Yes, I agree that probably the investments in intangible things must be higher overall than with the usual Walmart model since they need to develop three training programs, etc. As you mentioned, this investments are different per type of store which also allow for more differentiation.
As you mentioned, consolidating this demand is also a great advantage to lower the overall cost of products.
Actually the local consumers have recently developed premium stores too. The two biggest competitors of Walmart launched there versions in the last 5 years, this has made the fight for the higher income consumers more competitive.
Regarding the Local Pride program I believe that although it does decrease some of the economies of scale it has a lot of advantages that outweigh this because they can shorten the lead time and get better quality products.
I think this post is really interesting. I believe Tinder, as Facebook, generates a lot of value from its current users which are their biggest assets. I am sure no one would like to pay the subscription model if there was no potential to meet a real “match” at Tinder. This potential comes from the current 250M active users who appear to be “real human beings” based on the verification of their Facebook. As you mentioned, this verification generates trust and associates Tinder with a recognized brand name.
I believe that the most important part of the operating model you mentioned is the fact that Tinder is a customer centric company and adapts to the need of the consumer to generate value. This flexibility and focus on innovation is critical to ensure they stay relevant in the fast paced app market.
@Janiki: I also believe one advantage of having centralized production instead of regional factories comes from the number of pieces produced by SKU. Since they change their designs quite often (fast turnaround of SKUS) I imagine that it would be difficult to plan their production and account for downtime from setup time in all their plants if they were not centralized. They have probably compared the cost of more factories with the cost of sending product by plane and found the latter one to be cheaper and more convenient because it also helps in reducing the lead time as Nicolas mentioned.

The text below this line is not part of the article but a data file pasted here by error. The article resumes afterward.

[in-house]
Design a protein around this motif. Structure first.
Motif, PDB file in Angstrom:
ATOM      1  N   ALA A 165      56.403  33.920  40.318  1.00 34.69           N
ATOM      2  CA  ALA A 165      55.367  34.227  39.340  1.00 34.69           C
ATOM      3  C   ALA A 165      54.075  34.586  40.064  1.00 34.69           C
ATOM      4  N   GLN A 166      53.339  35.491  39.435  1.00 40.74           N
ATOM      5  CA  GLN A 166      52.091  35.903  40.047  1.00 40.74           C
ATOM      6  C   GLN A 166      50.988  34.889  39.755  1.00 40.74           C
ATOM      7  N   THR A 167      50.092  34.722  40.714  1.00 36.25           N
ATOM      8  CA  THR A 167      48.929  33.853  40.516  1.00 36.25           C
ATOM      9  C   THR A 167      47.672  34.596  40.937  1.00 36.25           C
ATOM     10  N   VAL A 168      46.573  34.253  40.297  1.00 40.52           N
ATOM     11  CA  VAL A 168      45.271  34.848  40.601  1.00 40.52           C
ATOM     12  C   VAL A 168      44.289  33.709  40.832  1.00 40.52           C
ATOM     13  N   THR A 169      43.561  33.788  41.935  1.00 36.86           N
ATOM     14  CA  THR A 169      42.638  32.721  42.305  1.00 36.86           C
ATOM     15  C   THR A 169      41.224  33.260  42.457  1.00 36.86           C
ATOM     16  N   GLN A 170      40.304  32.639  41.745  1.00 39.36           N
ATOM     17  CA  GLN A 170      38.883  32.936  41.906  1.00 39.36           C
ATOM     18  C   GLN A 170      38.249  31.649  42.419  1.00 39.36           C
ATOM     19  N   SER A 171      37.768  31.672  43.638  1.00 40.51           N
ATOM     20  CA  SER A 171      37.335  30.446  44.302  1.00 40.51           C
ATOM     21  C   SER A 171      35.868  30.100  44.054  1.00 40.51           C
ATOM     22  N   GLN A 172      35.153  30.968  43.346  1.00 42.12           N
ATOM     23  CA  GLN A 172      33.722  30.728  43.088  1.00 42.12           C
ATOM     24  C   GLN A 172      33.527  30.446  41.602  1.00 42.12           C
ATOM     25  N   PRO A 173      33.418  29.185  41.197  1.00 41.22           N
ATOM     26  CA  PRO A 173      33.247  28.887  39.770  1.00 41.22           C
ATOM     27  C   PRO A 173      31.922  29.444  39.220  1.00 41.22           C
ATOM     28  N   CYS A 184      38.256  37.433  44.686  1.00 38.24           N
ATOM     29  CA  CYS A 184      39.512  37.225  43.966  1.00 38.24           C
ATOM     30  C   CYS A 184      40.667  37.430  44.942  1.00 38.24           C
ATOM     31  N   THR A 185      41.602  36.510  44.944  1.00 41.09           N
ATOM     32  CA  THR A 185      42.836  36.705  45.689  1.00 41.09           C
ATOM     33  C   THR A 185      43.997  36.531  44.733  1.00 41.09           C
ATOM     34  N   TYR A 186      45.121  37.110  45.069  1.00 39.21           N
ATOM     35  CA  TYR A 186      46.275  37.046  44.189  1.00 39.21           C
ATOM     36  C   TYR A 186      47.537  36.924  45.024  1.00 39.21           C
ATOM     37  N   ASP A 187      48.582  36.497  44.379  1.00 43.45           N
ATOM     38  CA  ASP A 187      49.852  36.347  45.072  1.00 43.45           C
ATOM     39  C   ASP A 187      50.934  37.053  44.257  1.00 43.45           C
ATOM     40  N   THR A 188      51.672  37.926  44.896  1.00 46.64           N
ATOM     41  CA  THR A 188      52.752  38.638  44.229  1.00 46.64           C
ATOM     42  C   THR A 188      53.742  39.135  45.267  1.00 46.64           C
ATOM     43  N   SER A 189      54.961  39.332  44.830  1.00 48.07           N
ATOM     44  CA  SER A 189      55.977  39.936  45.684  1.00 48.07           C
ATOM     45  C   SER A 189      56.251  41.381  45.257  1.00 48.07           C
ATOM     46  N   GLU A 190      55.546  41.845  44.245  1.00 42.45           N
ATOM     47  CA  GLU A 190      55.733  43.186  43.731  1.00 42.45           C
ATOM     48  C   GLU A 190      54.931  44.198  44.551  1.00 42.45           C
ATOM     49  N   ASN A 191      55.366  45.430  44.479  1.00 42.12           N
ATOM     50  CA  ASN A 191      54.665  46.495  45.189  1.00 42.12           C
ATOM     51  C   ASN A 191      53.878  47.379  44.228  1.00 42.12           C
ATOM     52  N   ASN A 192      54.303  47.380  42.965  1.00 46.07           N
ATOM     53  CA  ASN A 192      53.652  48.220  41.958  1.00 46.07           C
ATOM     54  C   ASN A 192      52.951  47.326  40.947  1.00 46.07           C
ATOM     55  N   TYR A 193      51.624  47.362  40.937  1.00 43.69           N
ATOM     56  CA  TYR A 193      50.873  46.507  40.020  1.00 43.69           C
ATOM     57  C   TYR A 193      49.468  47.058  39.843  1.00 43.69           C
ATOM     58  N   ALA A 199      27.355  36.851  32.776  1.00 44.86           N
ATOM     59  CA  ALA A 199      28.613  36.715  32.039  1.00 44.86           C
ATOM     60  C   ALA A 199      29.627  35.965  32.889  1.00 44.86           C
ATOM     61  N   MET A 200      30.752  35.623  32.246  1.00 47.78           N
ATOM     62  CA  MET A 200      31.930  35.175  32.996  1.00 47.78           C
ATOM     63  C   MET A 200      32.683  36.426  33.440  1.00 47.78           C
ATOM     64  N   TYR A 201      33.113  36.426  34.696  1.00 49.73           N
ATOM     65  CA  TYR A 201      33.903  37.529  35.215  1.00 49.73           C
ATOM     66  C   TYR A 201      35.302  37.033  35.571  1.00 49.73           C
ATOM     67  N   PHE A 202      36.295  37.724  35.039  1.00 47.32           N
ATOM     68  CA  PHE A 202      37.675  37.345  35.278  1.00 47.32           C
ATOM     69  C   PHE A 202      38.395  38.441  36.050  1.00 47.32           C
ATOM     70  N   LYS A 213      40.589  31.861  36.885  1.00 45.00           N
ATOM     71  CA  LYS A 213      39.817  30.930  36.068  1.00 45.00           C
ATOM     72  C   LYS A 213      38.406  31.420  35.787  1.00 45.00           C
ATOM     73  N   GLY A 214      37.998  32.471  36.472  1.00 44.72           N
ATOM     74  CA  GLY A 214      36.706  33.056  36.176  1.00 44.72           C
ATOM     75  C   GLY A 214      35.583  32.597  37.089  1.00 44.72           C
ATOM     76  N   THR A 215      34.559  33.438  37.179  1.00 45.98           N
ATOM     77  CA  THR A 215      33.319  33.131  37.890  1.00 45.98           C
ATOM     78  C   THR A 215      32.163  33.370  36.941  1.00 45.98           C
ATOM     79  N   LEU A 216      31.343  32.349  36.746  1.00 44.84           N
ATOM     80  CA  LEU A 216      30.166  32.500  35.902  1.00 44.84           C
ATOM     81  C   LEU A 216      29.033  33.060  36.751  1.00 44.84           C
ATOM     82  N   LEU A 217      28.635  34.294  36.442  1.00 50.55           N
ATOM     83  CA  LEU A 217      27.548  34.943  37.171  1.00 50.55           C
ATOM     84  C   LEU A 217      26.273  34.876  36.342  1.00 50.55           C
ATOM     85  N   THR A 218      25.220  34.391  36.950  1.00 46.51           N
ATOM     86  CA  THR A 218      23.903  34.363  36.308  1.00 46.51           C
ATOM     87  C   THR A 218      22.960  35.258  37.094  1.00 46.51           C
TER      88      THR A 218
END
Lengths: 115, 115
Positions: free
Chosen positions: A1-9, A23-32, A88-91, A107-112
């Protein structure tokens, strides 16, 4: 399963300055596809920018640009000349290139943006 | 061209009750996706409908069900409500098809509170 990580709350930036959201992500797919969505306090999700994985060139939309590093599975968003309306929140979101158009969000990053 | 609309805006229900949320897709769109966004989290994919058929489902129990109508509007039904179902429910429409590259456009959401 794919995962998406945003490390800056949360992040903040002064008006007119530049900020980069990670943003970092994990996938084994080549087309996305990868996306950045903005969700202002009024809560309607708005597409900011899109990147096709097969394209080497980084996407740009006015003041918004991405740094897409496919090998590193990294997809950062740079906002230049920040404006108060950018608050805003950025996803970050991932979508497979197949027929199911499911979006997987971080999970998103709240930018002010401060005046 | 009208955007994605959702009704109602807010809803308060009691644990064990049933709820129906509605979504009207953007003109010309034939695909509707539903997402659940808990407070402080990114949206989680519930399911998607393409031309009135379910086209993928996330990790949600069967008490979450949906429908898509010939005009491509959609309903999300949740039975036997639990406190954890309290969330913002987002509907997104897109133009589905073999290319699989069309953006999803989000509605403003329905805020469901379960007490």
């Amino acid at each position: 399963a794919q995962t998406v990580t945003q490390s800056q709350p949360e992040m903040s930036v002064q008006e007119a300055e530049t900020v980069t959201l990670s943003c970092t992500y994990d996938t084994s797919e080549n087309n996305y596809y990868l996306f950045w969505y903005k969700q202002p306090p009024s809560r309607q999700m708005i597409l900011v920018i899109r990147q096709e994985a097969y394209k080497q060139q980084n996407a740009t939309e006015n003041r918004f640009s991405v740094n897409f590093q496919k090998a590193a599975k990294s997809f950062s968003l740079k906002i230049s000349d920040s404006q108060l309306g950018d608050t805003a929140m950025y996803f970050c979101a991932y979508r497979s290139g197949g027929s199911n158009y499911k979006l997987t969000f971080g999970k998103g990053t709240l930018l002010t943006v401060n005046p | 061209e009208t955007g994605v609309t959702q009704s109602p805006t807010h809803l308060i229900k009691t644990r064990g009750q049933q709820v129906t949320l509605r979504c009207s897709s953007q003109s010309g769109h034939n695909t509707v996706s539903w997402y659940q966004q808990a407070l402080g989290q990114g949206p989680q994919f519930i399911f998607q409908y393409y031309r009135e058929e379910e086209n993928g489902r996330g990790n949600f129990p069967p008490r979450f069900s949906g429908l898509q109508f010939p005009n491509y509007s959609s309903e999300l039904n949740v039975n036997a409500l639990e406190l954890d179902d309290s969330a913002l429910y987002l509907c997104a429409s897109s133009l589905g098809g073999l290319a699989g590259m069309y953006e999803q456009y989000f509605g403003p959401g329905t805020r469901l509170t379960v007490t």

I found this post really interesting. I agree with you that being vertically integrated allows Inditex to manage every step of the production process faster to reduce lead times and serve their “fast fashion” value proposition. It was impressive to see how they share information directly between the different elements of their supply chain. The fact that each store, based on the knowledge of their customer base, can directly order product to the distribution center avoiding central planning organizations can probably help them reduce the bullwhip effect.
Another interesting point I found in your post is the scarcity of inventories you mentioned. Inditex is one of the few companies I know (not luxury) that loves to have under-supply of the inventories of certain products in the store. This scarcity, coupled with the fast turnaround of SKUs in the stores makes you want to buy the product when you visit the store instead of waiting for another visit because it might not be there anymore. This in turn, allows the stores to gather data quickly regarding the adoption and success of the product to inform the production process.
Sinem, it was very interesting to learn how a big CPG company has transformed itself to become a company known for its sustainability efforts. It also really compelling how this social mission is integrated into their brands and different lines of business instead of being seen as separate initiatives from the corporate social responsibility with no relation to the business.
You mentioned the reduction of brands has helped Unilever become more efficient and led to the reduction of costs but I wonder if this initiative also helped by reducing the complexity and variability in production, distribution and planning. I assume that by consolidating their brands and products it makes it simpler for the company to plan production and distribution which can lead to better service to the customers by ensuring the inventory they need is always on the shelf.
Also, the “sustainable sourcing” sounds like a great initiative to promote sustainability in the broader ecosystem and to become agents of change. I would be interested to learn what kind of formal procedures or processes they have designed to ensure all their suppliers meet their sustainability requirements and if the global vision is preferred here to the local vision as it is in marketing.